Some people who do not usually snore
can sometimes snore
Nigel said I definitely didn't snore
as often or as loudly.
Stop smoking: Smokers are around twice as likely to snore
as non-smokers because the habit causes nasal congestion and inflammation.
I Was Tired Of My Wife's Snoring - So I Invented Snore
Twice as many men as women snore
and, though not prescriptive, the condition generally affects those in the 40-60 age bracket.
ESPECIALLY ON YOUR NECK THE size of your neck has a lot of bearing on if you snore
, and "if you have been snoring for a long time then it's possible that the blood vessels that supply the muscles that maintain neck and throat tone during the night have been damaged by the excess weight," says Dr Idzikowski.
can also help problems E | | Especially on your nec THE size of your neck has a lot of bearing on if you snore
, and "if you have been snoring for a long time then it's possible that the blood vessels that supply the muscles that maintain neck and throat tone during the EXERCISING can also help with snoring.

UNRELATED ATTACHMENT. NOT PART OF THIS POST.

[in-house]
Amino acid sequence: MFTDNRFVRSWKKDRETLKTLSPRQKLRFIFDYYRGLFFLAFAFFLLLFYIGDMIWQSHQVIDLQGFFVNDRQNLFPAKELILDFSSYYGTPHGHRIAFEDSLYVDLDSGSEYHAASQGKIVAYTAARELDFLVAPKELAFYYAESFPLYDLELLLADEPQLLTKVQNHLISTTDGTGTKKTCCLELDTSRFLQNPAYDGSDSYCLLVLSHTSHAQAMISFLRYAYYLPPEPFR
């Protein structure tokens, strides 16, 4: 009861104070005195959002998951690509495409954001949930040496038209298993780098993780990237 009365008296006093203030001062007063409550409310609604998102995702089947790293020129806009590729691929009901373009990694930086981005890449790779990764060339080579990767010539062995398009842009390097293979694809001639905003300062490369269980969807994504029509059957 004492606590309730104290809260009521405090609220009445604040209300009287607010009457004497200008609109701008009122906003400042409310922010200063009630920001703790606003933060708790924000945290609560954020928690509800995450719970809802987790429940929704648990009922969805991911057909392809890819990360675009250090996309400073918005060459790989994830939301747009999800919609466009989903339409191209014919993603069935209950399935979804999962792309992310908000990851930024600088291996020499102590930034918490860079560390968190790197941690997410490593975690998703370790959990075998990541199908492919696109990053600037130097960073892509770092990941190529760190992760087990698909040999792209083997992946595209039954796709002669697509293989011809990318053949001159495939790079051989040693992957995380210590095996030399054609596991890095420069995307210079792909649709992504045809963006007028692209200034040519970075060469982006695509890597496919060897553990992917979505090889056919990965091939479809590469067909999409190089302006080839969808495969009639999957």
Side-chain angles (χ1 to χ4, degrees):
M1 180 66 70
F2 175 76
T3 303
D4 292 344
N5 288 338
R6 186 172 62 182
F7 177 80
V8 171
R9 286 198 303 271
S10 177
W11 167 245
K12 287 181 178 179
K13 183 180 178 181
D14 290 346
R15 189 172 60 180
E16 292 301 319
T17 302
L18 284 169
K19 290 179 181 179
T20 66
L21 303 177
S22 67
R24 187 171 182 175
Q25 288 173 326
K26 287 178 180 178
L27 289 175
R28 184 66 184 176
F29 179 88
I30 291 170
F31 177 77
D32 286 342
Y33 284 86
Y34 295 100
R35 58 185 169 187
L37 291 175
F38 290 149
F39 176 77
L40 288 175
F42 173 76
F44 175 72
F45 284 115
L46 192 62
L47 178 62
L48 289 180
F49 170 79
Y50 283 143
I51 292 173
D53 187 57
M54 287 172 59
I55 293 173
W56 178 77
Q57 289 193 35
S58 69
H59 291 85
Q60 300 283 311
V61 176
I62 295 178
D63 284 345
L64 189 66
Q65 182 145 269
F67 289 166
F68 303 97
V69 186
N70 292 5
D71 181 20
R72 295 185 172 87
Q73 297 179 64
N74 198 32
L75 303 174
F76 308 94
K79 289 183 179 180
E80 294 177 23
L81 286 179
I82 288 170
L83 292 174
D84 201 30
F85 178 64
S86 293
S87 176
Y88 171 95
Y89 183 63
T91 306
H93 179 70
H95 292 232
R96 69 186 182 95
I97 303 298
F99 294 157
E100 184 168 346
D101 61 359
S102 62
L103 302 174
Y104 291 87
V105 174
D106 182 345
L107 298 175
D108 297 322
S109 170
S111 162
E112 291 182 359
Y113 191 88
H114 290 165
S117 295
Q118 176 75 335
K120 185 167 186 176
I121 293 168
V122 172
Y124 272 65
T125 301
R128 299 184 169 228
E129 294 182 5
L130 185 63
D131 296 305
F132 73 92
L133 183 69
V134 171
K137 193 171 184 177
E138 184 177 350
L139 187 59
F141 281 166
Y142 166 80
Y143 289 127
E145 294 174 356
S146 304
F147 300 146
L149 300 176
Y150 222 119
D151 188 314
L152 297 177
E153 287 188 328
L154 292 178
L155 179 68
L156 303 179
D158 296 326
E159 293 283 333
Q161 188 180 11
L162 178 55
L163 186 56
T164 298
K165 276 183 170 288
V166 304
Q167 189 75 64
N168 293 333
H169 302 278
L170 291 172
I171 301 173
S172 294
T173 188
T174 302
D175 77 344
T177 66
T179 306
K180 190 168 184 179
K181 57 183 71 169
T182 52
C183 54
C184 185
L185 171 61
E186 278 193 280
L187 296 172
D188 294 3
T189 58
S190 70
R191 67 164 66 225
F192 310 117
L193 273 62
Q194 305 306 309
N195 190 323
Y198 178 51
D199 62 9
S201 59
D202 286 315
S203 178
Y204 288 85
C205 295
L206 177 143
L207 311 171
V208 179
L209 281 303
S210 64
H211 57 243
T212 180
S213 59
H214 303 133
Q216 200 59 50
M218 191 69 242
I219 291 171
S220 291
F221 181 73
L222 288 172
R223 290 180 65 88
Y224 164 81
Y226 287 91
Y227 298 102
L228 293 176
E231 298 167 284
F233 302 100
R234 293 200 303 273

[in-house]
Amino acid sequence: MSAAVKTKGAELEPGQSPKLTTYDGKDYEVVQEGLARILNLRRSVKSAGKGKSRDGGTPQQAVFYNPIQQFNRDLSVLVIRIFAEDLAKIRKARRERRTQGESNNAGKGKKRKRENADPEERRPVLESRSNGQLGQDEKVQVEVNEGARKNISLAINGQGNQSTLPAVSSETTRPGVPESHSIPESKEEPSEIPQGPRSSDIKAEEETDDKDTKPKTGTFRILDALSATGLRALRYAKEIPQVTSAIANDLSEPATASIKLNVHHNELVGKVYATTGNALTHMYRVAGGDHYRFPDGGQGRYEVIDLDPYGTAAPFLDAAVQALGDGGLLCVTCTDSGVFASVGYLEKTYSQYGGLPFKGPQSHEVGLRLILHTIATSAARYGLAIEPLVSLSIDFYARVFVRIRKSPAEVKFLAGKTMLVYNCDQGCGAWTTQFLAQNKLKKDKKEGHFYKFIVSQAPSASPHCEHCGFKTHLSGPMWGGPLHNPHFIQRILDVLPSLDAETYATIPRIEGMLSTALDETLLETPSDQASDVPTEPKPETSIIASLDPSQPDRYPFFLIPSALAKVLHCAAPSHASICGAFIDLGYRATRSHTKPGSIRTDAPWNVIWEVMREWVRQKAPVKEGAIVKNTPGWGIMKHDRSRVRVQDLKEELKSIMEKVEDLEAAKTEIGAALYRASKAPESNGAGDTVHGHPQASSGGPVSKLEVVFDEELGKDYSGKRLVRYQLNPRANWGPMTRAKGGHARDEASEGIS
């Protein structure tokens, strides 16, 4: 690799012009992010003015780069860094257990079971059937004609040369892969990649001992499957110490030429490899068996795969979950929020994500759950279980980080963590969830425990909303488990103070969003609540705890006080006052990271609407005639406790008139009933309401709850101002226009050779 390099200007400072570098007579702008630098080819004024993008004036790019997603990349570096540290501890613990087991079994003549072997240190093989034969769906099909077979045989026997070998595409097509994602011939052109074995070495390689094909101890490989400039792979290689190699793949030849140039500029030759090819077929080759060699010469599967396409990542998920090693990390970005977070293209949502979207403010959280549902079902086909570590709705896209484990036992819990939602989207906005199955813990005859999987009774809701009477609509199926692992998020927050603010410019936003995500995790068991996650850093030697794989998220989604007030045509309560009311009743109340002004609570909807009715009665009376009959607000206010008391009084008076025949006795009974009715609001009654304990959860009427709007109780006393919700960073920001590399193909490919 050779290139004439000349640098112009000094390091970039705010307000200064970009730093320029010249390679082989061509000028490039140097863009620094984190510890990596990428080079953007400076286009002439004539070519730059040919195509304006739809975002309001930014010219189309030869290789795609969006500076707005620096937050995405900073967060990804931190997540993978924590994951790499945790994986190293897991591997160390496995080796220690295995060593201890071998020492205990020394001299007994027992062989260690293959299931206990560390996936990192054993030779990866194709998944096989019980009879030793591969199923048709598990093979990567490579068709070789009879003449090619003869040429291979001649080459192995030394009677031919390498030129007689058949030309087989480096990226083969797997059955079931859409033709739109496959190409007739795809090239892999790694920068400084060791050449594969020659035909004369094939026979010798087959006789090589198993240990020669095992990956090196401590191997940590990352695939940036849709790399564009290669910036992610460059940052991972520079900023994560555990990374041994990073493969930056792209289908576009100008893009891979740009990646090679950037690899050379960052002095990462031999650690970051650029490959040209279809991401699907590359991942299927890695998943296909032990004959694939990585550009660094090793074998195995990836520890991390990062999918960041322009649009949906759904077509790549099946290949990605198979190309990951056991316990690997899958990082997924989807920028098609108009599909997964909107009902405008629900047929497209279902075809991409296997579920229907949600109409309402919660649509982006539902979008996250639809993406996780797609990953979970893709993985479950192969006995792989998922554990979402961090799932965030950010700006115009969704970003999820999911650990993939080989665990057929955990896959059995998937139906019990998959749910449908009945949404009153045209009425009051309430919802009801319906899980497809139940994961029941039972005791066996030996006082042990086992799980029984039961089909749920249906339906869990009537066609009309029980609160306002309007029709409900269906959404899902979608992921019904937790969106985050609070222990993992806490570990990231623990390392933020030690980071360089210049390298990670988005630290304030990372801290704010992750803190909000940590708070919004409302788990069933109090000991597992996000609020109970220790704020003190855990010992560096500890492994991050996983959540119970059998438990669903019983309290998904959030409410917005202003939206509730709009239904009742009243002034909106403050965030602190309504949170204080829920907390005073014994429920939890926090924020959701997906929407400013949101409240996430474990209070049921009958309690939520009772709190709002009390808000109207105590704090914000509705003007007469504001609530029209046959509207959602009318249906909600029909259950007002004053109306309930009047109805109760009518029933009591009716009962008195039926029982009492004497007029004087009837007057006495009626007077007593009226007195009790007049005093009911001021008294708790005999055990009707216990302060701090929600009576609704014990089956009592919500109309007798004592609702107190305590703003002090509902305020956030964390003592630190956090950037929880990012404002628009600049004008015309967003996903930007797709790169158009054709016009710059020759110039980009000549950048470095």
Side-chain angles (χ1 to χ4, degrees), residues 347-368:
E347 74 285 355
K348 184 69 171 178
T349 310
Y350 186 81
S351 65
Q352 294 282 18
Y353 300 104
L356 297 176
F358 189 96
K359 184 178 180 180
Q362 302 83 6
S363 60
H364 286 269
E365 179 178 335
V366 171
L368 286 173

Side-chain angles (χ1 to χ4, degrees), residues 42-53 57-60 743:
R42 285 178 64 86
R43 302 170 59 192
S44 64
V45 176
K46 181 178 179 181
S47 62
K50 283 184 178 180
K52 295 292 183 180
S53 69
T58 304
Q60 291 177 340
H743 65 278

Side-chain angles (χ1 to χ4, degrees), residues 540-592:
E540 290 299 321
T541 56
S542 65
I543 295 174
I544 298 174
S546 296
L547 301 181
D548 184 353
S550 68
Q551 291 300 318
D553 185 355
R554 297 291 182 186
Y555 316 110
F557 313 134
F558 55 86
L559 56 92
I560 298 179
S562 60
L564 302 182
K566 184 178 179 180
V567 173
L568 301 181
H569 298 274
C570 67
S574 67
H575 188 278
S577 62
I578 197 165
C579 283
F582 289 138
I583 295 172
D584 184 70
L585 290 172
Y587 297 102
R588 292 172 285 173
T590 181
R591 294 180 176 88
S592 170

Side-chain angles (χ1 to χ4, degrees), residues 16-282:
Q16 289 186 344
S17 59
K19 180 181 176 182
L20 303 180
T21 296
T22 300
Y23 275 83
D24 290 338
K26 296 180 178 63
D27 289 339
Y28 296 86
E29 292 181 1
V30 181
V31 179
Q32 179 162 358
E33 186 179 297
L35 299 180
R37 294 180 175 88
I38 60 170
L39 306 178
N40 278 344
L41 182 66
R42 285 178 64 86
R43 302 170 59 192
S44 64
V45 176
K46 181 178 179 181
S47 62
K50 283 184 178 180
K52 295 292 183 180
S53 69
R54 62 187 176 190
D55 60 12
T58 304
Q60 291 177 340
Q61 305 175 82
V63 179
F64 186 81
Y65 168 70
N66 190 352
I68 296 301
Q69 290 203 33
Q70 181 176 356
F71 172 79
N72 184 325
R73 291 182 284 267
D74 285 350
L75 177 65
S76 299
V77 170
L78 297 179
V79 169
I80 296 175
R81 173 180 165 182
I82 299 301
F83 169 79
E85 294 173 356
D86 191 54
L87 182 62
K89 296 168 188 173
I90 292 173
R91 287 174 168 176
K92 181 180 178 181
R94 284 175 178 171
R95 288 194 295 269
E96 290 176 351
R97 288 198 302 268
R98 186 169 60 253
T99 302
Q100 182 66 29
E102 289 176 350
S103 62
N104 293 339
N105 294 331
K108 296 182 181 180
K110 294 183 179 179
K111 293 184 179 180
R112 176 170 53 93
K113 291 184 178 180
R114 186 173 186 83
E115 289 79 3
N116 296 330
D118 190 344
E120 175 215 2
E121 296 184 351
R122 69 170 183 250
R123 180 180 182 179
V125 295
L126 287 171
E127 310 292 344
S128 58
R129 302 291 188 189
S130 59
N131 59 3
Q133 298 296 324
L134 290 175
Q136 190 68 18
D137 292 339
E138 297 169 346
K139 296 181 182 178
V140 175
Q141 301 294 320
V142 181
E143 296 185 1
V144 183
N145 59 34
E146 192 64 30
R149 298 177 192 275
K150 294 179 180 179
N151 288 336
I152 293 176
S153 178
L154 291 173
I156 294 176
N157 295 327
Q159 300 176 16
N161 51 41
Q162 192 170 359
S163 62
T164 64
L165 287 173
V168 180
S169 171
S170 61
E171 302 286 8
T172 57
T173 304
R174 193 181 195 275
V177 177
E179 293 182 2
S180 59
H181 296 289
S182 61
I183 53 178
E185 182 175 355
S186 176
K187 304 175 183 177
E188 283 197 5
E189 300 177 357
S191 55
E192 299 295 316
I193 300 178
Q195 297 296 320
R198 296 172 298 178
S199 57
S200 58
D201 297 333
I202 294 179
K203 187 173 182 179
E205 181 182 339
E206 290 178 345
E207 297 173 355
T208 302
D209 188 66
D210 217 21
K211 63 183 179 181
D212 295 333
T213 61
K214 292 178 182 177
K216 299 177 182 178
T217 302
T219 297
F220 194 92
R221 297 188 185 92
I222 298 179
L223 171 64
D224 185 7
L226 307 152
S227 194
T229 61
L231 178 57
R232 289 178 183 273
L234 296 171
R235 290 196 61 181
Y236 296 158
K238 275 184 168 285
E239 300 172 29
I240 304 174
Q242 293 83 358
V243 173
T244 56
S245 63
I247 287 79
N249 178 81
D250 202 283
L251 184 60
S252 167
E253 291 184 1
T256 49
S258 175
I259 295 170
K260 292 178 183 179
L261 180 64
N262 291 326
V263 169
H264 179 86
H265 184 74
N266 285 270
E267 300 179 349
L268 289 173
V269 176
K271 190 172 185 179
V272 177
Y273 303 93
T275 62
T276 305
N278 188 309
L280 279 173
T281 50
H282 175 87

In people aged between 30-60 years, 44% of men and 28% of women habitually snore
Research has found that people who snore
not only suffer from less restorative sleep but are also more likely to have serious health problems.
A lot of children snore
occasionally, for example when they have a head cold.
The study showed that children who snored loudly at least twice a week at the age of 2 and 3 had more behaviour problems than children who either don't snore
or who snored at 2 or 3 but not at both ages.
That may or may not be true, but many a woman would say that her husband and the dog have begun to snore
Further, it was determined that while living in a smoking household did not increase the chances that an infant would snore
, it did increase the risk of that snoring causing arousals.
Brachycephalic cats--those with snub or flat noses and small nostrils, such as Persians, often snore
because the nasal tissue vibrates when the air goes out," says Ursula Krotscheck, DVD, an assistant professor in the Department of Clinical Sciences at Cornell University's College of Veterinary Medicine.
MINNEAPOLIS -- Children with frequent, loud snoring are significantly more likely to develop recurrent otitis media and to require tympanostomy tubes than are children who don't snore
, based on data from more than 16,000 children aged 5-7 years.